Family History of Glaucoma

Having a family history of glaucoma increases the risk of developing glaucoma.

Medical Conditions

Some studies indicate that diabetes may increases the risk of developing glaucoma, as do high blood pressure and heart disease.

Physical Injuries to the Eye

Severe trauma, such as being hit in the eye, can result in immediate increased eye pressure and future increases in pressure due to internal damage. Injury can also dislocate the lens, closing the drainage angle, and increasing pressure.

Other Eye-Related Risk Factors

Eye anatomy, namely corneal thickness and optic nerve appearance indicate risk for development of glaucoma. Conditions such as retinal detachment, eye tumors, and eye inflammations may also induce glaucoma. Some studies suggest that high amounts of nearsightedness may also be a risk factor for the development of glaucoma.

Corticosteroid Use

Using corticosteroids for prolonged periods of time appears to put some people at risk of getting secondary glaucoma.

How is Glaucoma Diagnosed?

Glaucoma is diagnosed through a comprehensive eye examination. To establish a diagnosis of glaucoma, several factors must be present: Because glaucoma is a progressive disease, meaning it worsens over time, a change in the appearance of the optic nerve, a loss of nerve tissue, and a corresponding loss of vision confirm the diagnosis. Some optic nerves have a suspicious appearance, resembling nerves with glaucoma, but the patients may have no other risk factors or signs of glaucoma. These patients should be closely followed with routine comprehensive exams to monitor for change.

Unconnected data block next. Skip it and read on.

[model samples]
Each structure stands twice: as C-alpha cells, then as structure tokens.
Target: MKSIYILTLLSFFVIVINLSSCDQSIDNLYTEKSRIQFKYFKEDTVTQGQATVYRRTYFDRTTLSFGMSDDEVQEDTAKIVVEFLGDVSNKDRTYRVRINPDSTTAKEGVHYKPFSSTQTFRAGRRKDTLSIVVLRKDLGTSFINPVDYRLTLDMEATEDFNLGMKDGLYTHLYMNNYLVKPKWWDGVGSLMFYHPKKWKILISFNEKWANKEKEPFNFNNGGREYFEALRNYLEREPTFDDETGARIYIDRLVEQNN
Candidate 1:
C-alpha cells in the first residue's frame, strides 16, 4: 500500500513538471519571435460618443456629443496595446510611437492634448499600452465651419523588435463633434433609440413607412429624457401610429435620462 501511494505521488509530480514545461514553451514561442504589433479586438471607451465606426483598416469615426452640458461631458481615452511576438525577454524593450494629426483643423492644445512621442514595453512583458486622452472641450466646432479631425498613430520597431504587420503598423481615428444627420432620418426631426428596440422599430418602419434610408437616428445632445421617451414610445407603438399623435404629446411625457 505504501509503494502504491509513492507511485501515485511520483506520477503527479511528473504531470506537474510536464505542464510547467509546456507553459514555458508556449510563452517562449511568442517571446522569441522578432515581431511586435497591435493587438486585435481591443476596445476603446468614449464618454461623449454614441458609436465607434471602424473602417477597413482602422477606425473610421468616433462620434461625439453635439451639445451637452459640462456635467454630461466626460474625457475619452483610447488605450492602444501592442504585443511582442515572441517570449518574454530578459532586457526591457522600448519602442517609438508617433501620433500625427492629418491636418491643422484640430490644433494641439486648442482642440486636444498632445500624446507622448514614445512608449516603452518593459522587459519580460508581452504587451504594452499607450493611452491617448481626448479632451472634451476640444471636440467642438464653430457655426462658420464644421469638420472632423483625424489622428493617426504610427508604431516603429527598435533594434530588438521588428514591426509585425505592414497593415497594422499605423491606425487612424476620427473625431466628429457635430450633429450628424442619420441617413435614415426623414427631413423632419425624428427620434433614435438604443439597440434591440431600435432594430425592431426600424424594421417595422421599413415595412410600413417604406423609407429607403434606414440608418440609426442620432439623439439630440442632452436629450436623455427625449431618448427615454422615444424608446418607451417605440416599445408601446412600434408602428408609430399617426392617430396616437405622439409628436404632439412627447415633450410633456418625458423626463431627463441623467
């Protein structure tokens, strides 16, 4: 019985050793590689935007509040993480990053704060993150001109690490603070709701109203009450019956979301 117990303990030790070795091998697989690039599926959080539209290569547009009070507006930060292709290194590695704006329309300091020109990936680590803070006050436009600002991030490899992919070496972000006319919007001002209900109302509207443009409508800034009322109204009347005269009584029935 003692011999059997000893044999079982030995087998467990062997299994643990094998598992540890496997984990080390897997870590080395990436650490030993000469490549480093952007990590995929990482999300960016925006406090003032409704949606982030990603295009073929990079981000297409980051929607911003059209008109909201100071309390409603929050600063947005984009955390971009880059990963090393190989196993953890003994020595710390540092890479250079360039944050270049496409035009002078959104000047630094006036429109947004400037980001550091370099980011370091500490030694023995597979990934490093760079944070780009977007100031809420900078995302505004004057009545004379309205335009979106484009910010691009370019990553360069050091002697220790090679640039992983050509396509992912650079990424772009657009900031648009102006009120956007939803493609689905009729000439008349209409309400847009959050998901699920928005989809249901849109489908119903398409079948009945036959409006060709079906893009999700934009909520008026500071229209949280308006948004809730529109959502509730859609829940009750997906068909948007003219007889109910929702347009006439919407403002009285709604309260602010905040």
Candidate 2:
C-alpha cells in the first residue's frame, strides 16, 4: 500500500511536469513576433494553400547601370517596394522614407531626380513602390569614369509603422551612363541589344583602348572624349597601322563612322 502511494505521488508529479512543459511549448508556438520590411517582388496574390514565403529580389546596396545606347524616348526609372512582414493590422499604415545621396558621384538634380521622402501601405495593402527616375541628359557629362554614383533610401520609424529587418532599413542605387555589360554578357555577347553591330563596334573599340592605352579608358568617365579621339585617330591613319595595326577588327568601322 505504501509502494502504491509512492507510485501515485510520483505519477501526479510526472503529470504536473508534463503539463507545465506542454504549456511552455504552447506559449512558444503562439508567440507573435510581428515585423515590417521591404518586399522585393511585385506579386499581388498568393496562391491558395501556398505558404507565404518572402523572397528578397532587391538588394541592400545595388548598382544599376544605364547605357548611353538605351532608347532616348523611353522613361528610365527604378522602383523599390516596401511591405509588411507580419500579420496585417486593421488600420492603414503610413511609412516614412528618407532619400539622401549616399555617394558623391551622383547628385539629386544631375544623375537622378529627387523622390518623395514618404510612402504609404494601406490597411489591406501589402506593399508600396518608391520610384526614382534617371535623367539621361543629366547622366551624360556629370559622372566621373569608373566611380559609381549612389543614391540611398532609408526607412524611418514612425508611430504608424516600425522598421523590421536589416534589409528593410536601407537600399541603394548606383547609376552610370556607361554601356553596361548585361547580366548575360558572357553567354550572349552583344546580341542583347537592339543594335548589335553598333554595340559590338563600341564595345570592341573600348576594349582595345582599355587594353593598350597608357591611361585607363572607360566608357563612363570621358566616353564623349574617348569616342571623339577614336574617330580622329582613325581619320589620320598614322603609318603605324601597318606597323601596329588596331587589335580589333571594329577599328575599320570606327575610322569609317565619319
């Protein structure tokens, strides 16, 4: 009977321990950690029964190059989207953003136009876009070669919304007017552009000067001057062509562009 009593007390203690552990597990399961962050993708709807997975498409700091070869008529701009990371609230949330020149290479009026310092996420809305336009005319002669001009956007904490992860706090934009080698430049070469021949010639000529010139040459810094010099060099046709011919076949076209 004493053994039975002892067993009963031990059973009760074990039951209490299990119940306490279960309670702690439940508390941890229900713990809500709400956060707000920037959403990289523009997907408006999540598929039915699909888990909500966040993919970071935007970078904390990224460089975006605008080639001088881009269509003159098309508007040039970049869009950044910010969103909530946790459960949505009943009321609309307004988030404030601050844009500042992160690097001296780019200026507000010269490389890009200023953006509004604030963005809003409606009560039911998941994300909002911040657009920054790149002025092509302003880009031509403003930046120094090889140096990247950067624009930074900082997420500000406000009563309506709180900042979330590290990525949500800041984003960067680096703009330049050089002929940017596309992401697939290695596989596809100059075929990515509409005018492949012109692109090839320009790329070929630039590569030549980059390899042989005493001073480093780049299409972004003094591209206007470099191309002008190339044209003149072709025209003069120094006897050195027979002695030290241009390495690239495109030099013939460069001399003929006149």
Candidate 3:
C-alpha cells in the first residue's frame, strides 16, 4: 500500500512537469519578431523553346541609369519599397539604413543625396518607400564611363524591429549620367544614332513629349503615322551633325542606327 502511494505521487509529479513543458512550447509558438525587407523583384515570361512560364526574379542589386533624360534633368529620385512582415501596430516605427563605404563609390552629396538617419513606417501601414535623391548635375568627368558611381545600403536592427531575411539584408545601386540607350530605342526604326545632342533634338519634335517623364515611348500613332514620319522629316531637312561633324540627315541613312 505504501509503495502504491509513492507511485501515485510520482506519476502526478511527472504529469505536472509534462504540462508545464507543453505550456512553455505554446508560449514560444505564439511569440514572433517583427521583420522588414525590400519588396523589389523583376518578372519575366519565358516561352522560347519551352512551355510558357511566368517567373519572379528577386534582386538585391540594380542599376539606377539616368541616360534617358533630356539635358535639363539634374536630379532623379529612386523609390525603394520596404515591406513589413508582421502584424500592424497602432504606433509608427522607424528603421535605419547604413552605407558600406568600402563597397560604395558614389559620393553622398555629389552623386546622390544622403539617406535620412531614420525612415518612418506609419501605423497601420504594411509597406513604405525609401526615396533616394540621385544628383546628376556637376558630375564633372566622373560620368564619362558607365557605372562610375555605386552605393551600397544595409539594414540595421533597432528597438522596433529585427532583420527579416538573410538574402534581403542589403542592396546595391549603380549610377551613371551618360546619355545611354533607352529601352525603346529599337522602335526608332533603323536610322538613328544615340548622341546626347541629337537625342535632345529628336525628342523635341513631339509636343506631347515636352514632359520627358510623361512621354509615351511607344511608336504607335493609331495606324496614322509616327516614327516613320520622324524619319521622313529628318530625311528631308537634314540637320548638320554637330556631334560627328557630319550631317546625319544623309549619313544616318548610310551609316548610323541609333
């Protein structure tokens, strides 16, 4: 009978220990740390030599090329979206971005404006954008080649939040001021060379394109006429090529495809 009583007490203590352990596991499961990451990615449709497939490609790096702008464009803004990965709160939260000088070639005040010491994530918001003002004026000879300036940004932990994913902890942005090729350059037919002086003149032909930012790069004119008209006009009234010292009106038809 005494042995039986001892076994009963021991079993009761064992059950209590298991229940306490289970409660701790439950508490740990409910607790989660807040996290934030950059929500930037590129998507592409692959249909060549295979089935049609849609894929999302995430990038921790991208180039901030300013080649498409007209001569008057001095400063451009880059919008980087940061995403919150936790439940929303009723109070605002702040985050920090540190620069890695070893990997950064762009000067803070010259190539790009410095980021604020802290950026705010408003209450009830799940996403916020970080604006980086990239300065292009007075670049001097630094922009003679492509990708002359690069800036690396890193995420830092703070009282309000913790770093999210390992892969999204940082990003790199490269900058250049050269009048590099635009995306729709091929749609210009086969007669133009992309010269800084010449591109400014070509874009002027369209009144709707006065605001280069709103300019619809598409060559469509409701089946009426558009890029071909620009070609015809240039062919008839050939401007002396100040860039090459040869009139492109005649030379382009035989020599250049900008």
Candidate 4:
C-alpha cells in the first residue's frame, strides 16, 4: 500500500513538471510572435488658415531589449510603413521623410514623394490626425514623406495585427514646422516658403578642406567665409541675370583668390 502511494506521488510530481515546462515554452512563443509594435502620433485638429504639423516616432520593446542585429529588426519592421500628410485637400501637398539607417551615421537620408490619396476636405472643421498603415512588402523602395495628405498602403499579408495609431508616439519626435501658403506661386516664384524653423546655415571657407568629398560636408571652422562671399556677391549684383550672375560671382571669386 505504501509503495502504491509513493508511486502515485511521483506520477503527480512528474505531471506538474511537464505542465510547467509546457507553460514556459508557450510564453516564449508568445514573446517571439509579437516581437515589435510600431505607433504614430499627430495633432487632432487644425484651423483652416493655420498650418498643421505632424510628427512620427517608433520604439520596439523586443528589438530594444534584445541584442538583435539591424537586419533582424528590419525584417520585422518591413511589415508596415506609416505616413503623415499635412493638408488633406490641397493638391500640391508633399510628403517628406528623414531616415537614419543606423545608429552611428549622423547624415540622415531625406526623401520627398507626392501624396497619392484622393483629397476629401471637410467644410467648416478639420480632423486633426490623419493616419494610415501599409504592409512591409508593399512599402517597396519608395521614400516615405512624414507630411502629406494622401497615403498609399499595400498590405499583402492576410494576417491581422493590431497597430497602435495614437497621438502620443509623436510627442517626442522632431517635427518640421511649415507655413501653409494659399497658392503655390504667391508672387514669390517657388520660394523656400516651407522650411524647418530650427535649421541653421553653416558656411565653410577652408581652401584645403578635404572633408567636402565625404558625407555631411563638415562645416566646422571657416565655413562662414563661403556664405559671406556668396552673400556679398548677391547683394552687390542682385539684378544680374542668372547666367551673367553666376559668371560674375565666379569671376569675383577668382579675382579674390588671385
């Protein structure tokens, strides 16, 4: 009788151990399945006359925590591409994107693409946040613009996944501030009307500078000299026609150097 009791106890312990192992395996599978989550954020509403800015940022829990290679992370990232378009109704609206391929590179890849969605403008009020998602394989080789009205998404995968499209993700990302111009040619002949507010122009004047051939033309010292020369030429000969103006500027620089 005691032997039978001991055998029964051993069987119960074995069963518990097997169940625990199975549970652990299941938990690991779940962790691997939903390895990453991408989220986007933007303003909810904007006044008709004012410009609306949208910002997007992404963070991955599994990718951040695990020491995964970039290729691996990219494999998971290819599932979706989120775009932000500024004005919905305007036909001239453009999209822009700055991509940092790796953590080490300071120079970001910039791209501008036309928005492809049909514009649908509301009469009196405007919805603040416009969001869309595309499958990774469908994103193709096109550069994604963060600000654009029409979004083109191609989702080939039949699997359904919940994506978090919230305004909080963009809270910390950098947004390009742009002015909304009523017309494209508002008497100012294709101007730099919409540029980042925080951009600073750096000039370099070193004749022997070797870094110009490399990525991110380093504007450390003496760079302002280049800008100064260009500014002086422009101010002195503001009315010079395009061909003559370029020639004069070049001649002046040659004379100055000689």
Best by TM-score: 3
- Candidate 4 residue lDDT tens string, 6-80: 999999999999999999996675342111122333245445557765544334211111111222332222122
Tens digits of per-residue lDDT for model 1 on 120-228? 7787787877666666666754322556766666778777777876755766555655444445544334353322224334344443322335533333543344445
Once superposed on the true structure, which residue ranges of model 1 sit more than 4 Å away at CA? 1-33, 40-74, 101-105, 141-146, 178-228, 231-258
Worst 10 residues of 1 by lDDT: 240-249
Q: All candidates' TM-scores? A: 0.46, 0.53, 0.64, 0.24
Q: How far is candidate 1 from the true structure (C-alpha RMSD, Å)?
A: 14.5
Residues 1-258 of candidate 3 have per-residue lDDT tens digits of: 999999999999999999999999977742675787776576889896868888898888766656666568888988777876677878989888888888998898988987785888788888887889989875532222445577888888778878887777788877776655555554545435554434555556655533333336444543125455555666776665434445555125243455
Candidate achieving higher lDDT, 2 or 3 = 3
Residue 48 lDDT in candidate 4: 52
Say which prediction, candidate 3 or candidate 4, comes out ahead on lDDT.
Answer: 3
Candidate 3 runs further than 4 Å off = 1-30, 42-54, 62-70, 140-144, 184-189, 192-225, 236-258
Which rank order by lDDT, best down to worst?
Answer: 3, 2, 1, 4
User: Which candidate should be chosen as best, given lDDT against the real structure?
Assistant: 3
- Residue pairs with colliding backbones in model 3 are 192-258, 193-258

Testing Includes:
  • Patient history to determine any symptoms the patient is experiencing and the presence of any general health problems and family history that may be contributing to the problem.
  • Visual acuity measurements to determine the extent to which vision may be affected.
  • Tonometry to measure the pressure inside the eye to detect increased risk factors for glaucoma.
  • Pachymetry to measure corneal thickness. People with thinner corneas are at an increased risk of developing glaucoma.
  • Visual field testing, also called perimetry, to check if the field of vision has been affected by glaucoma. This test measures your side (peripheral) vision and central vision by either determining the dimmest amount of light that can be detected in various locations of vision, or by determining sensitivity to targets other than light, and comparing it to others of similar age.
  • Evaluation of the retina of the eye, which may include photographs of the optic nerve, in order to monitor any changes that might occur over time.
  • Supplemental testing may include gonioscopy, a procedure allowing views of the angle anatomy, the area in the eye where fluid drainage occurs. Serial tonometry may be performed. This is a procedure acquiring several pressure measurements over time, looking for changes in the eye pressure throughout the day. Other tests include using devices to measure nerve fiber thickness, and look for specific areas of the nerve fiber layer for loss of tissue.

How is Glaucoma Treated?

The treatment of glaucoma is aimed at reducing intraocular pressure. The most common first line treatment of glaucoma is usually prescription eye drops that must be taken regularly. In some cases, systemic medications, laser treatment, or other surgery may be required. While there is no cure as yet for glaucoma, early diagnosis and continuing treatment can preserve eyesight.